The anonymity of the Internet has posed many challenges to the protection of intellectual property rights. The sheer size of the population of online users and the millions of file-sharing programs and other social media outlets that exist have left IP rights holders struggling to protect their property and goodwill in the digital era. For example, the battle between protecting copyright online while simultaneously protecting the privacy rights of online users has led to interesting debates in the courts as well as new IP strategies that are currently being explored.

Background: The 2014 battle between copyright and privacy

The delicate balancing of privacy rights versus the rights of copyright holders was discussed at length by the Canadian Federal Court in 2014 in a case involving Voltage Pictures LLC (“Voltage”). Voltage sought the names and addresses of some 2,000 subscribers of an Internet Service Provider (ISP) so that it could pursue litigation against them for the alleged unauthorized copying and distribution of Voltage’s copyrighted works.  The Court was asked to consider the issue of whether persons who download copyrighted material using a file sharing program through the auspices of an ISP have a right to privacy, such that their contact information should not be revealed to the party whose copyright is being infringed.

The Court had to balance two competing rights: copyright and privacy. On the one hand, the Court determined that Voltage had established a bona fide claim and that enforcement of its copyright outweighed the privacy interests of the subscribers. On the other hand, the Court crafted an Order that would minimize the invasion of the privacy interests of Internet users.  The Court’s decision struck the following balance:

  • The disclosure of the subscribers’ contact information was limited to the names and addresses associated with the impugned IP addresses
  • The released information would remain confidential
  • The plaintiff was not permitted to disclose any of the information it obtained to the general public by making or issuing a statement to the media

New emerging strategies

Voltage recently adopted a new strategy against the alleged copyright infringement by anonymous Internet users. On April 26, 2016, Voltage filed an application in the Canadian Federal Court seeking a certification of a “reverse class action” (i.e. one plaintiff versus multiple defendants) against an unknown number of alleged uploaders of five movies using a file sharing program online.  The number of possible infringers as well as their identities are unknown at this time.  Voltage seeks, inter alia, a declaration from the Court that its copyright has been infringed.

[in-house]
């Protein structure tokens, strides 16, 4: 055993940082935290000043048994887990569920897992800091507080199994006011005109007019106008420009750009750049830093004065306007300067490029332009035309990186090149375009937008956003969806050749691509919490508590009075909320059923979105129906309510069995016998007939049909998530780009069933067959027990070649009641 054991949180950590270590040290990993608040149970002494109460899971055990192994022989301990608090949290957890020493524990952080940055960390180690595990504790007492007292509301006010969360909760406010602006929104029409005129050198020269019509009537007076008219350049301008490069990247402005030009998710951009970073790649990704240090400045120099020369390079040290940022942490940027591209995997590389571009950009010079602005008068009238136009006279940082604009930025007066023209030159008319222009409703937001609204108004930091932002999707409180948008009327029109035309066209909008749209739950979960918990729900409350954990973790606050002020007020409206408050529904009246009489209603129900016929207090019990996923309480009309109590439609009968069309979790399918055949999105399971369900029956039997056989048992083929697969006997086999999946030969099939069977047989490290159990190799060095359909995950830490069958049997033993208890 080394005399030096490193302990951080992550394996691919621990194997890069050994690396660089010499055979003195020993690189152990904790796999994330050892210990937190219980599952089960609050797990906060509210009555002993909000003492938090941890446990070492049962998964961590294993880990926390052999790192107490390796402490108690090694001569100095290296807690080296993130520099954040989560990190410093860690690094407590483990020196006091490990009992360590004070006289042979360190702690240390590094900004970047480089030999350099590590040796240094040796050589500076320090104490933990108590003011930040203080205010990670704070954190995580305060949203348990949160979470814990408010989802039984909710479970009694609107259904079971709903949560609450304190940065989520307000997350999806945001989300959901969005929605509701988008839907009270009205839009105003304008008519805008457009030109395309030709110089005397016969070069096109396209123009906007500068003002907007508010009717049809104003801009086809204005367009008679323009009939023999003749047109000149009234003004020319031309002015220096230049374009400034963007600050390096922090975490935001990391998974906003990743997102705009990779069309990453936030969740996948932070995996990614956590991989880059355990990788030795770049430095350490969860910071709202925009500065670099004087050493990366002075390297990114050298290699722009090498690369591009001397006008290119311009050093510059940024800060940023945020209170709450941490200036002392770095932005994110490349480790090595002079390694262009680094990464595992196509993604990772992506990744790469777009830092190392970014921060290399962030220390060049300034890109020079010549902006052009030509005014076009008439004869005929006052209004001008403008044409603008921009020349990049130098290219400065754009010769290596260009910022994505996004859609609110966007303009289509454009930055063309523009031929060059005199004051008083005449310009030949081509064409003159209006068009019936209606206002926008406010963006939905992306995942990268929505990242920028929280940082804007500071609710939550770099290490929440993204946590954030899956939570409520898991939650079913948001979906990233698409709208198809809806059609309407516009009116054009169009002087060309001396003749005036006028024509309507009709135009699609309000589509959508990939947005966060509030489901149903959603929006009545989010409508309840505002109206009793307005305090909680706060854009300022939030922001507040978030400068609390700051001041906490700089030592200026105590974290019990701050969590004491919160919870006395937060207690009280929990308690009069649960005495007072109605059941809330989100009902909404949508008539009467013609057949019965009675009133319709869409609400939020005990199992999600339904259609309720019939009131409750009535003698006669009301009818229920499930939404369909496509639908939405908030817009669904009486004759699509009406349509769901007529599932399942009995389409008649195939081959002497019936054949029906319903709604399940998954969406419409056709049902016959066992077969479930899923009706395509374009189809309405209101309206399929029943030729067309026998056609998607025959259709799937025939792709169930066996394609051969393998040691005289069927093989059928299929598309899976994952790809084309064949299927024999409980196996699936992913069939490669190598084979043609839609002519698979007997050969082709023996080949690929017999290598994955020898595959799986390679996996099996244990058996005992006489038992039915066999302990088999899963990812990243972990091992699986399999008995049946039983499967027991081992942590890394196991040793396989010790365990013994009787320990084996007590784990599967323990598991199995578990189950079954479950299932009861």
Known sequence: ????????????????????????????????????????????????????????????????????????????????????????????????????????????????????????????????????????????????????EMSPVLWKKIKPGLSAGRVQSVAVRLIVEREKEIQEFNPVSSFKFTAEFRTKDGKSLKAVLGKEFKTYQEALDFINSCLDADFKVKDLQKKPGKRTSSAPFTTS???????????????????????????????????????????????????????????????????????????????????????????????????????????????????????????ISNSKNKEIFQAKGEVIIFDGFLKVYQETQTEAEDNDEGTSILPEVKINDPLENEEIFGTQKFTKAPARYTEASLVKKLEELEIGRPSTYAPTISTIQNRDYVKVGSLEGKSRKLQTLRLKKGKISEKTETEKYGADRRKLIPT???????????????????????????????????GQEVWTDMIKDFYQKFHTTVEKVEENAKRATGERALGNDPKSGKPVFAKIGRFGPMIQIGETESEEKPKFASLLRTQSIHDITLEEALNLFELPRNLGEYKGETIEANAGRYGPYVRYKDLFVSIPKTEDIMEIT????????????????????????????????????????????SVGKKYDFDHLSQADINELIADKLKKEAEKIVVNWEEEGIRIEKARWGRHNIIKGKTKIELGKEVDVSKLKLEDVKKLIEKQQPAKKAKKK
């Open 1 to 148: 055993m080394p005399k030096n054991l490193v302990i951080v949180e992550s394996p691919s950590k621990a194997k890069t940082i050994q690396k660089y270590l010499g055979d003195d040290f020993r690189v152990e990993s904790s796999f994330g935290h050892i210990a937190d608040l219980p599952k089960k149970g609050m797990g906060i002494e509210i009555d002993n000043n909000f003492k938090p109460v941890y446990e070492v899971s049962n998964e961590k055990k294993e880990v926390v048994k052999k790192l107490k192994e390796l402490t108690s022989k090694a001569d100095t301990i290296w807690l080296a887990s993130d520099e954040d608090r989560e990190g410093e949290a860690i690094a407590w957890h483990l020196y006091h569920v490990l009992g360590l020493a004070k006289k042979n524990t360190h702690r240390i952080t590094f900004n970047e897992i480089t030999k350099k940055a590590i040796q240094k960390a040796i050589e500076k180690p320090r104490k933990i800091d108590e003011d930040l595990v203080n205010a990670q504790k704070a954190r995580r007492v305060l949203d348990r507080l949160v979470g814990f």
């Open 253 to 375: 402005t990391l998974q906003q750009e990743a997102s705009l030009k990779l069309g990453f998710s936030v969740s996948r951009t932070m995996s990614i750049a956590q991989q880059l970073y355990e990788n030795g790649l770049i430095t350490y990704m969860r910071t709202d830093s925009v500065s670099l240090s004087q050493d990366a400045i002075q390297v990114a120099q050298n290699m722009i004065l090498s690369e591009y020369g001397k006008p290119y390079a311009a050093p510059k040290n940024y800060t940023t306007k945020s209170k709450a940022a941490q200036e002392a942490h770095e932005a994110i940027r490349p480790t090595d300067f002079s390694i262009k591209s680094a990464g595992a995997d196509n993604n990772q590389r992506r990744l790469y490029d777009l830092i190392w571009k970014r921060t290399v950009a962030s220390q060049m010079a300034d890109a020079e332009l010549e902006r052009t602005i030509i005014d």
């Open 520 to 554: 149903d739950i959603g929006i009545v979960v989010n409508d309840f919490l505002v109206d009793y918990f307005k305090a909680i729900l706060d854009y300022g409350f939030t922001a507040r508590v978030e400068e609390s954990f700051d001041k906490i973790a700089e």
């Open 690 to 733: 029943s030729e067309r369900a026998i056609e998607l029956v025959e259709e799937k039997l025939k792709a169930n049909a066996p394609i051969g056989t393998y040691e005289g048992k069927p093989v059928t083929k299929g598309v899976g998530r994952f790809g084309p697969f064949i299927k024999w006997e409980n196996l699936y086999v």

Voltage’s reverse class action is a novel strategy that raises unique issues the Court will need to consider:

  • Who will be the representative defendant in the class action and will the interests of all possible defendants be fairly represented?
  • How will the Court address issues that are not common between all the defendants?
  • Will the defendants be able to simply opt-out of the class action once they have been identified as possible class members?

As the courts continue to grapple with increasingly complex legal issues surrounding the balance between intellectual property and privacy, it is becoming clear that anonymity of online users may have its limitations. In some cases, the privacy rights of individuals will have to yield to the rights of IP holders who are vigilant in protecting their assets.

The lesson learned from the Voltage cases is that as the Internet and its users continue to become more sophisticated, companies may need to consider new and creative strategies to protect their innovations.